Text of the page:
Patients with Type 2 diabetes and heart disease can benefit when EHRs are used to coordinate their care in a medical home, finds a new report from the eHealth Initiative (eHI.)
The report, based on the results of a 12-month project that tracked 119 patients with Type 2 diabetes and heart disease at two test sites over a six month period, found that EHRs improved these patientsí care coordination in the following process improvement areas: care planning, provider-patient communications, intra-office coordination, more advanced use of EHRs, enhanced patient coaching, improved referral process to specialists, expanded nursing role and more user-friendly information for patients.
The most significant improvements in the medical home model came with building staffing, operations and technical support for care coordination, including a dedicated care coordinator and care goal setting. The EHR systems used at both sites had functions to support care coordination that were not utilized. The report indicates that with proper direction to practitioners, immediate improvements can be achieved with current technology, without requiring substantial new investments. It also points out that additional EHR functionalities could enhance the efficiency and effectiveness of care coordinators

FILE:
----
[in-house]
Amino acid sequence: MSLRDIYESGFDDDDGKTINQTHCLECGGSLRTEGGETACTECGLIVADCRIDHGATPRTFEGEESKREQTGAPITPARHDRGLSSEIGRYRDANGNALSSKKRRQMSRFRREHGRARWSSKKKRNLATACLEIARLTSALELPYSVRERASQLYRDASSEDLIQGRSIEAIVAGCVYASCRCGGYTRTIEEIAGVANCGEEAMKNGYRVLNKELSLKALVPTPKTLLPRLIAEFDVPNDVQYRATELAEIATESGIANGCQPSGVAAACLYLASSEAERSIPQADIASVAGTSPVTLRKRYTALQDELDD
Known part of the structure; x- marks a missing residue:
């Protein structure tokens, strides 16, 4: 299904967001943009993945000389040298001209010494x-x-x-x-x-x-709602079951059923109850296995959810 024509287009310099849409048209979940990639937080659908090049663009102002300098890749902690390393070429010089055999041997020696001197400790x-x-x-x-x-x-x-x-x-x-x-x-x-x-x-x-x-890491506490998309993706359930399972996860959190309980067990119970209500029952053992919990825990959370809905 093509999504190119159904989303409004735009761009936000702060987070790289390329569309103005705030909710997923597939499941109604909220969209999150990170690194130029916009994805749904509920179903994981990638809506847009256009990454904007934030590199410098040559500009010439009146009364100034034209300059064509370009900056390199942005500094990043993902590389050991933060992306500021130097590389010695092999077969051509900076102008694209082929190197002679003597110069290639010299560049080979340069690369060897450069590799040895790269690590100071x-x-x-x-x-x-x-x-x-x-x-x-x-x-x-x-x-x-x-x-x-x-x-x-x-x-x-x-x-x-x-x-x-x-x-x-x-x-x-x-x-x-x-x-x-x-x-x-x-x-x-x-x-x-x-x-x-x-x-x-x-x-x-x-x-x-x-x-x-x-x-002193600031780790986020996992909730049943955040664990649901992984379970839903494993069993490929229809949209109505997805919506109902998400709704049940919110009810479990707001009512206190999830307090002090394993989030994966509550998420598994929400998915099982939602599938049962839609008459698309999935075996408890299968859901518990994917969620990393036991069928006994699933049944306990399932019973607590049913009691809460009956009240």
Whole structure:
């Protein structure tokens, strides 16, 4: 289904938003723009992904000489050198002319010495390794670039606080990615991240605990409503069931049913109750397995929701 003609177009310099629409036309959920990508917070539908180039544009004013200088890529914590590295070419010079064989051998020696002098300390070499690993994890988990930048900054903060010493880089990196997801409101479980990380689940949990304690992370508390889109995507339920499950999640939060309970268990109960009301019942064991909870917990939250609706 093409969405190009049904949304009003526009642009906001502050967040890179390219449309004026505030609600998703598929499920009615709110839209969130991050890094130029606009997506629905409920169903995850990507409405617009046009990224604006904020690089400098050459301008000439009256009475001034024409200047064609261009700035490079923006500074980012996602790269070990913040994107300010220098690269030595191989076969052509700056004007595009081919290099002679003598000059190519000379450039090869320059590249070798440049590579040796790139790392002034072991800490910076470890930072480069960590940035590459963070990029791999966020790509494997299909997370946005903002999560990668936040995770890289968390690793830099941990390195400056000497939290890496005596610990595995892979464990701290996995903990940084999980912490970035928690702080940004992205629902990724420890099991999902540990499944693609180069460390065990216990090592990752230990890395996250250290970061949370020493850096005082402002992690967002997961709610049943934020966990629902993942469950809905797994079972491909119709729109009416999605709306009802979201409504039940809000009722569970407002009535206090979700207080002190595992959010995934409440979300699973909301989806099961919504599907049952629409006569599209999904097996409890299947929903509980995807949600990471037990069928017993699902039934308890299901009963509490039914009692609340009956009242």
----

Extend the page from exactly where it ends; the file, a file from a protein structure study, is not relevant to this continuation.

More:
The project, which was conducted in partnership with Health & Technology Vector and sanofi-aventis U.S., highlighted health information exchange issues that need to be addressed. In particular, the project found that practice communities did not have the tools for electronic data exchange between offices, and found that individual providers within each site did not always have compatible EHR systems. Findings from the project indicated that while process improvements were noted in many areas, the mere act of initiating practice change was a major task in itself, and some of the underlying processes necessary for proper care coordination were not available.
Source: eHealth Initiative, June 20, 2011
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